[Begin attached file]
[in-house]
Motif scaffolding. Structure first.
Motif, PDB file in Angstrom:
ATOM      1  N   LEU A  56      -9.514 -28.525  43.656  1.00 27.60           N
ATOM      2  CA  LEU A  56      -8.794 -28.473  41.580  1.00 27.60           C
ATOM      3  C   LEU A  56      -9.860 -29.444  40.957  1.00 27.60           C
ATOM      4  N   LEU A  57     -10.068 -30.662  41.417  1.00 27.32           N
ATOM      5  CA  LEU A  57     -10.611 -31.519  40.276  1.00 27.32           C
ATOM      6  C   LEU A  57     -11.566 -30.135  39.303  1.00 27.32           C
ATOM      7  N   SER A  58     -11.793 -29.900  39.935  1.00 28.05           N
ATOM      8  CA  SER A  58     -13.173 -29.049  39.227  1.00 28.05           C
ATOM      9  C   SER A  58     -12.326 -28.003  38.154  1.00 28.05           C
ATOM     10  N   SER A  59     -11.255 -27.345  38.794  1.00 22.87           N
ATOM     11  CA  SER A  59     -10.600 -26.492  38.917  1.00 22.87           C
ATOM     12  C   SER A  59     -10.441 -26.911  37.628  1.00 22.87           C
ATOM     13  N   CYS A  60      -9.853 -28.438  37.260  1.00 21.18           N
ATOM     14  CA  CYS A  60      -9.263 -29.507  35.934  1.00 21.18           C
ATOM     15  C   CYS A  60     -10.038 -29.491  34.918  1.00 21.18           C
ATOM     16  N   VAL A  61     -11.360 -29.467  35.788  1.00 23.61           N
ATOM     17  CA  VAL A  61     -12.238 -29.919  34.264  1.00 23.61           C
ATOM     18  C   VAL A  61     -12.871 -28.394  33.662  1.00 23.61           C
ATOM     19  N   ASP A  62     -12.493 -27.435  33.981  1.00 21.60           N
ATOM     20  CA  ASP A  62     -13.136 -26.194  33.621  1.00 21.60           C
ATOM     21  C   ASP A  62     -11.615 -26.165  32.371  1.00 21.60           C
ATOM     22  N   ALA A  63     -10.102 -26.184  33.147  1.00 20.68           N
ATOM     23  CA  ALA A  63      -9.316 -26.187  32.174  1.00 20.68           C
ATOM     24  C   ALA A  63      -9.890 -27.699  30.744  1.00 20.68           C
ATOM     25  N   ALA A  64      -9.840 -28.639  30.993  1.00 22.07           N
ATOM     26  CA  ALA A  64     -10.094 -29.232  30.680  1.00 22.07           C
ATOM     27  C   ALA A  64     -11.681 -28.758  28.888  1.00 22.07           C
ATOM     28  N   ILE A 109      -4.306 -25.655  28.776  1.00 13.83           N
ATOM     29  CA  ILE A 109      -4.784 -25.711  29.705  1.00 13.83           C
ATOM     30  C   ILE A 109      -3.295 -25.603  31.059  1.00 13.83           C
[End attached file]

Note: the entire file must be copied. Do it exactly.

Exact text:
[in-house]
Motif scaffolding. Structure first.
Motif, PDB file in Angstrom:
ATOM      1  N   LEU A  56      -9.514 -28.525  43.656  1.00 27.60           N
ATOM      2  CA  LEU A  56      -8.794 -28.473  41.580  1.00 27.60           C
ATOM      3  C   LEU A  56      -9.860 -29.444  40.957  1.00 27.60           C
ATOM      4  N   LEU A  57     -10.068 -30.662  41.417  1.00 27.32           N
ATOM      5  CA  LEU A  57     -10.611 -31.519  40.276  1.00 27.32           C
ATOM      6  C   LEU A  57     -11.566 -30.135  39.303  1.00 27.32           C
ATOM      7  N   SER A  58     -11.793 -29.900  39.935  1.00 28.05           N
ATOM      8  CA  SER A  58     -13.173 -29.049  39.227  1.00 28.05           C
ATOM      9  C   SER A  58     -12.326 -28.003  38.154  1.00 28.05           C
ATOM     10  N   SER A  59     -11.255 -27.345  38.794  1.00 22.87           N
ATOM     11  CA  SER A  59     -10.600 -26.492  38.917  1.00 22.87           C
ATOM     12  C   SER A  59     -10.441 -26.911  37.628  1.00 22.87           C
ATOM     13  N   CYS A  60      -9.853 -28.438  37.260  1.00 21.18           N
ATOM     14  CA  CYS A  60      -9.263 -29.507  35.934  1.00 21.18           C
ATOM     15  C   CYS A  60     -10.038 -29.491  34.918  1.00 21.18           C
ATOM     16  N   VAL A  61     -11.360 -29.467  35.788  1.00 23.61           N
ATOM     17  CA  VAL A  61     -12.238 -29.919  34.264  1.00 23.61           C
ATOM     18  C   VAL A  61     -12.871 -28.394  33.662  1.00 23.61           C
ATOM     19  N   ASP A  62     -12.493 -27.435  33.981  1.00 21.60           N
ATOM     20  CA  ASP A  62     -13.136 -26.194  33.621  1.00 21.60           C
ATOM     21  C   ASP A  62     -11.615 -26.165  32.371  1.00 21.60           C
ATOM     22  N   ALA A  63     -10.102 -26.184  33.147  1.00 20.68           N
ATOM     23  CA  ALA A  63      -9.316 -26.187  32.174  1.00 20.68           C
ATOM     24  C   ALA A  63      -9.890 -27.699  30.744  1.00 20.68           C
ATOM     25  N   ALA A  64      -9.840 -28.639  30.993  1.00 22.07           N
ATOM     26  CA  ALA A  64     -10.094 -29.232  30.680  1.00 22.07           C
ATOM     27  C   ALA A  64     -11.681 -28.758  28.888  1.00 22.07           C
ATOM     28  N   ILE A 109      -4.306 -25.655  28.776  1.00 13.83           N
ATOM     29  CA  ILE A 109      -4.784 -25.711  29.705  1.00 13.83           C
ATOM     30  C   ILE A 109      -3.295 -25.603  31.059  1.00 13.83           C